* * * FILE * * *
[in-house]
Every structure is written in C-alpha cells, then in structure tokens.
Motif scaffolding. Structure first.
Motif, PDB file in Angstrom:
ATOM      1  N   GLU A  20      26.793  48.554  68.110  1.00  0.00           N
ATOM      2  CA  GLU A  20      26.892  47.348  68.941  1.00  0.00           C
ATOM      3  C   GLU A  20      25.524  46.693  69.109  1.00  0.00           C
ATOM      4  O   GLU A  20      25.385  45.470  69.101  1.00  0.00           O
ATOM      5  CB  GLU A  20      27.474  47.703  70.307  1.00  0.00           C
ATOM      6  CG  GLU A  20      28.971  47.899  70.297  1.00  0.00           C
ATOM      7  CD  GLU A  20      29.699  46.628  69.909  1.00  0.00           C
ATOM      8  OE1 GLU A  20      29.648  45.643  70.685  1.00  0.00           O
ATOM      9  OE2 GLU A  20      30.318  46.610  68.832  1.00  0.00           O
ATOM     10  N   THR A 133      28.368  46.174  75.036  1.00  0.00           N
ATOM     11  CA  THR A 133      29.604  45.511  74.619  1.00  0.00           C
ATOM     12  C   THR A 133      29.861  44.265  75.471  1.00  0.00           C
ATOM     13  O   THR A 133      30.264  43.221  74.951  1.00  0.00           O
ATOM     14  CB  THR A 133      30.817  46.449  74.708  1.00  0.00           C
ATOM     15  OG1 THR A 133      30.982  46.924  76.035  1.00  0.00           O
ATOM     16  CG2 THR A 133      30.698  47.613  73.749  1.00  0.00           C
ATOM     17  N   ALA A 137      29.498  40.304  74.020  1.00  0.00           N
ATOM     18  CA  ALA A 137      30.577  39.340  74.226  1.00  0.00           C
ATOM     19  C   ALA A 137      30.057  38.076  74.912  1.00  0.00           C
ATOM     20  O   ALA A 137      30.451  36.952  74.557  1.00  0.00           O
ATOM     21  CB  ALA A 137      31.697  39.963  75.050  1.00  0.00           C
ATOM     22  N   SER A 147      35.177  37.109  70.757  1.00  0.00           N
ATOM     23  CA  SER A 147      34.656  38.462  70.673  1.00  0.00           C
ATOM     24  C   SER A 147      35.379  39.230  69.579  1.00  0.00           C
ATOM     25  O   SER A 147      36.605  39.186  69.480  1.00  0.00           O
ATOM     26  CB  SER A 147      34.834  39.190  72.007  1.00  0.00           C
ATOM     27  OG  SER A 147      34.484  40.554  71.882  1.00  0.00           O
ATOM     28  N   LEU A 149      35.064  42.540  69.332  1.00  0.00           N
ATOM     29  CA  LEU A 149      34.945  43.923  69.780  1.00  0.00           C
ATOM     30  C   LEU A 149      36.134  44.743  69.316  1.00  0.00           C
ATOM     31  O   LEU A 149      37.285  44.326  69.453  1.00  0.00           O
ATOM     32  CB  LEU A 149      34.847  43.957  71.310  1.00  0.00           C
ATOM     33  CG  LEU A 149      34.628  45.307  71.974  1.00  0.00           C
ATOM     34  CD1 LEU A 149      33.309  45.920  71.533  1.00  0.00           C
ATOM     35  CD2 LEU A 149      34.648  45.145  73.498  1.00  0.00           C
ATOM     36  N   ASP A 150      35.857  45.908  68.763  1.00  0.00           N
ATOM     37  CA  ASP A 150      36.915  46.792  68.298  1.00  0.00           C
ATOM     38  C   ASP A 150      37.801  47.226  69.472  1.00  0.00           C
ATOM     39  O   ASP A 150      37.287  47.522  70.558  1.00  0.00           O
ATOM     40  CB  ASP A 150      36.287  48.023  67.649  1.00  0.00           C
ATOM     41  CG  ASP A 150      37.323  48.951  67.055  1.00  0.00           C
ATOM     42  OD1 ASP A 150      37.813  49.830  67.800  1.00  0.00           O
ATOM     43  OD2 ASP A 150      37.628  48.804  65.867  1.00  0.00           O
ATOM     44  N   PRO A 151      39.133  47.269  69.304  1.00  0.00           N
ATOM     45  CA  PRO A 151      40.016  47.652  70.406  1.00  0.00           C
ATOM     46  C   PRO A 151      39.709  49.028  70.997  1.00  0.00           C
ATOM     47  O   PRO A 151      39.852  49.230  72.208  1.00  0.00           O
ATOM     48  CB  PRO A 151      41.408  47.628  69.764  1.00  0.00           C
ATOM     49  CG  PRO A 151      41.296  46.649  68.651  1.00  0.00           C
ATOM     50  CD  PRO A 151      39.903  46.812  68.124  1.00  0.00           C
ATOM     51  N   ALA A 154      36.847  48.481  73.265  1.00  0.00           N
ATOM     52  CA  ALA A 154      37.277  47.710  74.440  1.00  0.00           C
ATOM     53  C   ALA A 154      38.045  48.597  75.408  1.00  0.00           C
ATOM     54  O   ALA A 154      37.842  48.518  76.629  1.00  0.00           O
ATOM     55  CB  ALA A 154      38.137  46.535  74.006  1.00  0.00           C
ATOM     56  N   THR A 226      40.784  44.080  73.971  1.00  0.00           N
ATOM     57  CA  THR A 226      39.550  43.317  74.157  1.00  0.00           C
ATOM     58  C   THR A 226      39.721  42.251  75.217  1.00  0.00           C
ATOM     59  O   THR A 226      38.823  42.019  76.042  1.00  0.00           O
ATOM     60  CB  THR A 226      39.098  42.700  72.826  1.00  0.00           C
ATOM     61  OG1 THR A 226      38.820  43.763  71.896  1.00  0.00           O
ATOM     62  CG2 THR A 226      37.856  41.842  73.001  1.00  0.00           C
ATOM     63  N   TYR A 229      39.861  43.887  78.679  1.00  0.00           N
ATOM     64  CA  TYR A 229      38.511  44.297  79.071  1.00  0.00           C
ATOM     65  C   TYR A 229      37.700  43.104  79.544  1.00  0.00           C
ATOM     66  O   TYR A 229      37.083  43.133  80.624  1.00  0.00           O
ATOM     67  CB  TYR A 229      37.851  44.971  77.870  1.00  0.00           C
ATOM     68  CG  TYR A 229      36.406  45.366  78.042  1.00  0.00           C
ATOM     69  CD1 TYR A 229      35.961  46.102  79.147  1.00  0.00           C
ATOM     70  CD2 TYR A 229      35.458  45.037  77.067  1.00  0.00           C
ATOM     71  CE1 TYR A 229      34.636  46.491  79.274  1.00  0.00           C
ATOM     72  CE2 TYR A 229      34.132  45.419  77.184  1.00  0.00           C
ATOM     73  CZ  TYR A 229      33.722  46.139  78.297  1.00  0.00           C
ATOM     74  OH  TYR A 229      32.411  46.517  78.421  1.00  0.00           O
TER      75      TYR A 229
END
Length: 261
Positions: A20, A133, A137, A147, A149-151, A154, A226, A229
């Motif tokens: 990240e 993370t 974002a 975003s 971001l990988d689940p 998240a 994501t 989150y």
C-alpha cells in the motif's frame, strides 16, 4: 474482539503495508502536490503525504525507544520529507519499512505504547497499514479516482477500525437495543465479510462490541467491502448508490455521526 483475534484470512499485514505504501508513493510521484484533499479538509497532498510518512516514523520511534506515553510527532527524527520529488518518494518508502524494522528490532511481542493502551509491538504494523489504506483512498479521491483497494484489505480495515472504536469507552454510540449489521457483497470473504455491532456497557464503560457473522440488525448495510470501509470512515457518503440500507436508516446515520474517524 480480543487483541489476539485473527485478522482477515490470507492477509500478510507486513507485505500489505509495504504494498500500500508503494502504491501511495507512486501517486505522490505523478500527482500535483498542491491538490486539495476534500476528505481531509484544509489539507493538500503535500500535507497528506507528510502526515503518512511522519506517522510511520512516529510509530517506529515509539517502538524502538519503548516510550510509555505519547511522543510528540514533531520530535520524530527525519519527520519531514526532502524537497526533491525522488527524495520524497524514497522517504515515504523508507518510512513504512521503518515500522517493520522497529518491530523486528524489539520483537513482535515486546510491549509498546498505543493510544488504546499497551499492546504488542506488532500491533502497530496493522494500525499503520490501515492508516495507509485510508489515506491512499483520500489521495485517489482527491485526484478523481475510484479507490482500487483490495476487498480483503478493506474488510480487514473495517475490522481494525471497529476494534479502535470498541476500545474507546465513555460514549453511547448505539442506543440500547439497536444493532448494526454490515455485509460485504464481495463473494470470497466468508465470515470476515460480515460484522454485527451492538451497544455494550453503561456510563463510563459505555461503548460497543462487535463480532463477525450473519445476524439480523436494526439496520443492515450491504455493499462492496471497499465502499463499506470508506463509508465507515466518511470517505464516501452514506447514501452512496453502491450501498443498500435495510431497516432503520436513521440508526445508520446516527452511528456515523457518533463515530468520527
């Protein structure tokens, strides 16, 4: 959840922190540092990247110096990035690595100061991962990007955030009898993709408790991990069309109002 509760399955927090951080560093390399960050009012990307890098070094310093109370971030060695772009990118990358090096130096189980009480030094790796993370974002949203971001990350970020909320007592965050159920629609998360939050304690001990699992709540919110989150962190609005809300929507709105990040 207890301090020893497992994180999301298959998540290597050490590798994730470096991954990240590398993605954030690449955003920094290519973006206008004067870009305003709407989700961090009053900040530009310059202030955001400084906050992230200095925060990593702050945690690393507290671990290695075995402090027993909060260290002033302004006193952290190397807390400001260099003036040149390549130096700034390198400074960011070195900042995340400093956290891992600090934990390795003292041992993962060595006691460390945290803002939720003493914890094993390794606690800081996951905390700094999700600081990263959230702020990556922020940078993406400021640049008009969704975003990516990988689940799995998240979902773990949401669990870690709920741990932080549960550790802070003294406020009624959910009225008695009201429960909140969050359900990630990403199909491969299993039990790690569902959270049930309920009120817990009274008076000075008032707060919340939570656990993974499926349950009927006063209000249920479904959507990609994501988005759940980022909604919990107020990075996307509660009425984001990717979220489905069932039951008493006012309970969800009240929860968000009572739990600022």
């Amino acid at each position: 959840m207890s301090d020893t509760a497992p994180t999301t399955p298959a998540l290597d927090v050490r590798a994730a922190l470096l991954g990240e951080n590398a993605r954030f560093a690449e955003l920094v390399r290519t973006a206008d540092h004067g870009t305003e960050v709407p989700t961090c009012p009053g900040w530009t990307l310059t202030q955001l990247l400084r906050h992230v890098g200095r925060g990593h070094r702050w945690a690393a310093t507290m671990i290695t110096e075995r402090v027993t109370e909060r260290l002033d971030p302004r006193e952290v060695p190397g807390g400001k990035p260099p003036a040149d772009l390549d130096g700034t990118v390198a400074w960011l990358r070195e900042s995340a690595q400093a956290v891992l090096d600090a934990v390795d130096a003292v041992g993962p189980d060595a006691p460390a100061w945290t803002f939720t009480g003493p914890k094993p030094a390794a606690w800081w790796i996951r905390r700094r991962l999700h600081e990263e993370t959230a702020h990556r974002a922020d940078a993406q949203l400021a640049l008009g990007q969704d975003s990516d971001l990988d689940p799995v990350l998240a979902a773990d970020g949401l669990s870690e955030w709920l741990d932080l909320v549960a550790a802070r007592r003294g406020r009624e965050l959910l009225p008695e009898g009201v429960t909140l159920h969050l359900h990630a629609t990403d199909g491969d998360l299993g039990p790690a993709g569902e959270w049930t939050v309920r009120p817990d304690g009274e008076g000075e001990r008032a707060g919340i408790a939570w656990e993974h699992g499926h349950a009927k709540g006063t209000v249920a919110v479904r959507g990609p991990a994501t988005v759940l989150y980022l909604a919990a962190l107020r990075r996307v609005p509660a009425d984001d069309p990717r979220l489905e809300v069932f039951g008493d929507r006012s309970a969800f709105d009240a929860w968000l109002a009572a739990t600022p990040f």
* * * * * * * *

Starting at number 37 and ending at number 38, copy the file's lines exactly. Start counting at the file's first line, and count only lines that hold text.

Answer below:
ATOM     33  CG  LEU A 149      34.628  45.307  71.974  1.00  0.00           C
ATOM     34  CD1 LEU A 149      33.309  45.920  71.533  1.00  0.00           C